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July 25, 2013

Cold Temperatures Impacting Crops in Southern Brazil

A mass of polar air continues to sweep across southern Brazil bringing with it the coldest temperatures of the year and in many locations, record low temperatures. Widespread frosts and freezes are being experienced in all of southern Brazil and as far north as Mato Grosso do Sul, Sao Paulo, and Minas Gerais. New record lows were set in 15 cities in the state of Sao Paulo and snow was recorded in 87 municipalities, mostly in the state of Santa Catarina.

While the cold and snow is a novelty for the Brazilian tourists in the region, it may cause significant losses for horticultural and fruit producers as well as some losses for the winter grain crop such as wheat and barley.

The biggest impact will be on sensitive horticultural crops and fruit crops such as bananas. The coffee crop in northern Parana and southern Sao Paulo is also expected to suffer losses from the freezing temperatures. Coffee plants are very sensitive to cold temperatures and once a coffee plant is killed by freezing temperatures, it takes a number of years before replacement plants start to bear fruit. In order to avoid these periodic cold snaps, coffee production in Brazil has been moving northward over the last several decades.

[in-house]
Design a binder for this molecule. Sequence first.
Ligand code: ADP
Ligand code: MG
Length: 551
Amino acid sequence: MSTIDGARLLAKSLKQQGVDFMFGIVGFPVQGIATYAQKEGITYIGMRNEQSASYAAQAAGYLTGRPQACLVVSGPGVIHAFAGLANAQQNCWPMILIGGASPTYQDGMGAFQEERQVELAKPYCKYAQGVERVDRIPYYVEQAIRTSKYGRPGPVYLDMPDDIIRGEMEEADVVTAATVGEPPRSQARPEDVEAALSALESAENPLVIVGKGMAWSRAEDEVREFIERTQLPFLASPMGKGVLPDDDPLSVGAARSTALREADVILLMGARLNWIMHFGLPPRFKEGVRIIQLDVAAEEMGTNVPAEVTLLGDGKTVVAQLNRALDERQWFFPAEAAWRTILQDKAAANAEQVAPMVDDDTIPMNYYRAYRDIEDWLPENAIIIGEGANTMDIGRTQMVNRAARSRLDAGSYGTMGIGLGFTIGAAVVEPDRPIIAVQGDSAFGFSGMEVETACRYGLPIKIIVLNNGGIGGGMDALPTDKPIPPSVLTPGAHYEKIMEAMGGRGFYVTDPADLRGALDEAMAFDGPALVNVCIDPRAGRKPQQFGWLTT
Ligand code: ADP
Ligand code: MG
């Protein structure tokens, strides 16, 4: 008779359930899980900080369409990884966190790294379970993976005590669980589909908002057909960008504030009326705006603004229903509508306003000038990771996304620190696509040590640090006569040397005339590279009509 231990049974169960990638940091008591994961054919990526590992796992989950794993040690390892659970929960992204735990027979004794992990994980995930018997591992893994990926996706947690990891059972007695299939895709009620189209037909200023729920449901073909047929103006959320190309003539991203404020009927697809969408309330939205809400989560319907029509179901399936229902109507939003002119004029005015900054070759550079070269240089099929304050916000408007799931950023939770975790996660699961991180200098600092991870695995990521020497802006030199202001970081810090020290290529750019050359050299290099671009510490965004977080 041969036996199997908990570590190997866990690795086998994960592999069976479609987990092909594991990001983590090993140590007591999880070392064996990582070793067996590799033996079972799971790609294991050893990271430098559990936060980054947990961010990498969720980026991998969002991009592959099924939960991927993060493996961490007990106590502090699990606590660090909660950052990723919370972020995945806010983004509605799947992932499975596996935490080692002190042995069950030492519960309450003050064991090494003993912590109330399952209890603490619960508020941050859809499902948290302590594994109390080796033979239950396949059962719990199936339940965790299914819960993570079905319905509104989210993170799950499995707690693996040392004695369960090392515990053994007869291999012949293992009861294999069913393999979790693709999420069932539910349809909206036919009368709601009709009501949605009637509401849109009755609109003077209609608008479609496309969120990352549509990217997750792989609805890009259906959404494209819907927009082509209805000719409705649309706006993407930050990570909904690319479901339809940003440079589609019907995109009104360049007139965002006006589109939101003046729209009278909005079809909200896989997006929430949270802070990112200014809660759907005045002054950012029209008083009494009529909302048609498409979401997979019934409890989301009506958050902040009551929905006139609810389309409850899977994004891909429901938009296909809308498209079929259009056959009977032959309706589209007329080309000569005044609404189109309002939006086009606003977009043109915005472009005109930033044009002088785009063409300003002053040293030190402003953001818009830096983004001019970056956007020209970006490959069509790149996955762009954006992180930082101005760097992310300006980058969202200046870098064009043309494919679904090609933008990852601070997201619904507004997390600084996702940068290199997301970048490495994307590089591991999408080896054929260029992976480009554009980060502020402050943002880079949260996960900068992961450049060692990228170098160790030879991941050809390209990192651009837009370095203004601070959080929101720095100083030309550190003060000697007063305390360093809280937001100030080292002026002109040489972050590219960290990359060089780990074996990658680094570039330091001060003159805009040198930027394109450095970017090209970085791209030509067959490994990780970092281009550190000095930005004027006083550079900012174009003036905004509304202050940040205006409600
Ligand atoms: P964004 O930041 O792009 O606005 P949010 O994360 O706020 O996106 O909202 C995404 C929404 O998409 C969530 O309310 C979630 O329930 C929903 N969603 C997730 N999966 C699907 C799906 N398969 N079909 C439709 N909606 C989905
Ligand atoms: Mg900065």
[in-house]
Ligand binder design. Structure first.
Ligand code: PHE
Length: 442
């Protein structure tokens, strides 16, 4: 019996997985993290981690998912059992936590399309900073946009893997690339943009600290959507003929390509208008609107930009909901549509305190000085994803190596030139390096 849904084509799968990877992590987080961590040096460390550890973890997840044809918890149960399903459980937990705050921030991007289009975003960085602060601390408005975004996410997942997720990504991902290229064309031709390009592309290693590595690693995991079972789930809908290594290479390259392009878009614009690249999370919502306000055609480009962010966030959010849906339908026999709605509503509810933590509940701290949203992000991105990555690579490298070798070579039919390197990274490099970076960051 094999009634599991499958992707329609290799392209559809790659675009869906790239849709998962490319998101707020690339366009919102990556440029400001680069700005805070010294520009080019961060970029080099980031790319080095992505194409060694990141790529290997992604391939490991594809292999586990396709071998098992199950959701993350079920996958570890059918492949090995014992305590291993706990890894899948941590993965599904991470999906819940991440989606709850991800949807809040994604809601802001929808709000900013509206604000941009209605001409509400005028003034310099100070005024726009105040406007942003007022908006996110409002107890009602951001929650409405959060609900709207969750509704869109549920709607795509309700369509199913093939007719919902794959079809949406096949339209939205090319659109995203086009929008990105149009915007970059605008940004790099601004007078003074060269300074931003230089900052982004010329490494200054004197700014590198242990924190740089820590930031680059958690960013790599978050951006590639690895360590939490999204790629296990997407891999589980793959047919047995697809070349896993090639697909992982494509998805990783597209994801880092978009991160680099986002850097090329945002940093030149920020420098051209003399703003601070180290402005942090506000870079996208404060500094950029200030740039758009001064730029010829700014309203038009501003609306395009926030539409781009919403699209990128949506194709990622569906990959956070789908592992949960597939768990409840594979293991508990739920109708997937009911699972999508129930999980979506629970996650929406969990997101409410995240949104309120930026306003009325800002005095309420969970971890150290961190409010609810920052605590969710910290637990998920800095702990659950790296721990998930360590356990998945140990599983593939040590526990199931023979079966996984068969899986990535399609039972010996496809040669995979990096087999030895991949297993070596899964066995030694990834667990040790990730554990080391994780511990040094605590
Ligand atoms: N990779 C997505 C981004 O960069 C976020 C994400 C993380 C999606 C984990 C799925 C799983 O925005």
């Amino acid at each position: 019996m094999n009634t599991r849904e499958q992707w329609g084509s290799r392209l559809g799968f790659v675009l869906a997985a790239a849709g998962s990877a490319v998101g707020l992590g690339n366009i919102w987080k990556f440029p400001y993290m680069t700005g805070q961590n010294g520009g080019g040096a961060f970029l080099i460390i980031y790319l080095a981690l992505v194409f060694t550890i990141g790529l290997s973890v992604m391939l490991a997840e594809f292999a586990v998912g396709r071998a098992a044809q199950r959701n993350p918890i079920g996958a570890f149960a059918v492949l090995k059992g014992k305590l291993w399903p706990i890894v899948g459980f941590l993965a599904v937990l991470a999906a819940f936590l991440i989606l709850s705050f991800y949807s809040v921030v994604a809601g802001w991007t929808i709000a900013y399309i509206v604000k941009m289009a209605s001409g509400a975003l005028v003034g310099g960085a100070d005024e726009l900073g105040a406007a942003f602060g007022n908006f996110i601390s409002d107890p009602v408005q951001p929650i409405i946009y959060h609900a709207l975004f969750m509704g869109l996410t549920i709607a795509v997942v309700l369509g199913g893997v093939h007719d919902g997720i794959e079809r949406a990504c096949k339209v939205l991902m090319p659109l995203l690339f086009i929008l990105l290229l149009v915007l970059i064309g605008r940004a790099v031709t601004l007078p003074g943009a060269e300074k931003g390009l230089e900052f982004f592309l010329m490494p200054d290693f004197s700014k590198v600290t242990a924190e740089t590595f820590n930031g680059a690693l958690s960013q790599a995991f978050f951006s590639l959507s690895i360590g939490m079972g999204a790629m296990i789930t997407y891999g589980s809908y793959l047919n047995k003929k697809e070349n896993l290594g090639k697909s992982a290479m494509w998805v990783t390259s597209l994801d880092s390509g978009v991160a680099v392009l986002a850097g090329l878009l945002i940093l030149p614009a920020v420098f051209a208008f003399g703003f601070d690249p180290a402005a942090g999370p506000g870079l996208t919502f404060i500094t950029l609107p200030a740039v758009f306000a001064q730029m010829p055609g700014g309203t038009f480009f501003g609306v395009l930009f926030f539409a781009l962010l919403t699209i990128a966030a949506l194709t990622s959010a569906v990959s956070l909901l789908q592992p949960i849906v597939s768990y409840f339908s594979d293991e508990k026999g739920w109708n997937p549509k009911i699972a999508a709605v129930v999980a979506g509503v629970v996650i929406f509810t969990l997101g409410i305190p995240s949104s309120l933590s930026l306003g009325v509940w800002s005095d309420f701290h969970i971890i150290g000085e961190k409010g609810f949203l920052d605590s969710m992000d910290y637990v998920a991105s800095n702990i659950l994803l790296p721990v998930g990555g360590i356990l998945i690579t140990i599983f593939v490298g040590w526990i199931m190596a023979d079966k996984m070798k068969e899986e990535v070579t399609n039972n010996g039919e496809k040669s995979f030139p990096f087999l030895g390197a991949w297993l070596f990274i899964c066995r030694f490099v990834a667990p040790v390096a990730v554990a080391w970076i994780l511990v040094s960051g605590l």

Nearly all of Brazil's wheat is produced in the states of Parana and Rio Grande do Sul. Approximately 40% of the wheat in Parana is in the jointing stage and it might be impacted somewhat by the cold temperatures. Agronomists from the state Secretary of Agriculture estimate that the most advanced wheat may lose 5% of its yield potential. The wheat in Rio Grande do Sul is still in the vegetative stage and it should not suffer any losses.

The wheat plant is most sensitive to freezing temperatures during heading and flowering and fortunately none of the wheat in southern Brazil has reached that stage of development. If these cold temperatures are repeated at the end of August or early September when the wheat is starting to mature, the crop could be severely impacted. It generally takes seven to ten days after the freezing temperatures to determine the extent of damage on wheat.

Late July is usually the coldest time of the year in southern Brazil, but the cold temperatures this year has been more intense and more widespread than normal. Only the coastal areas seemed to have escaped the freezing temperatures.

One benefit from the colder temperatures is that it helps to control overwintering insect and diseases and reduces early pest pressures on subsequent crops.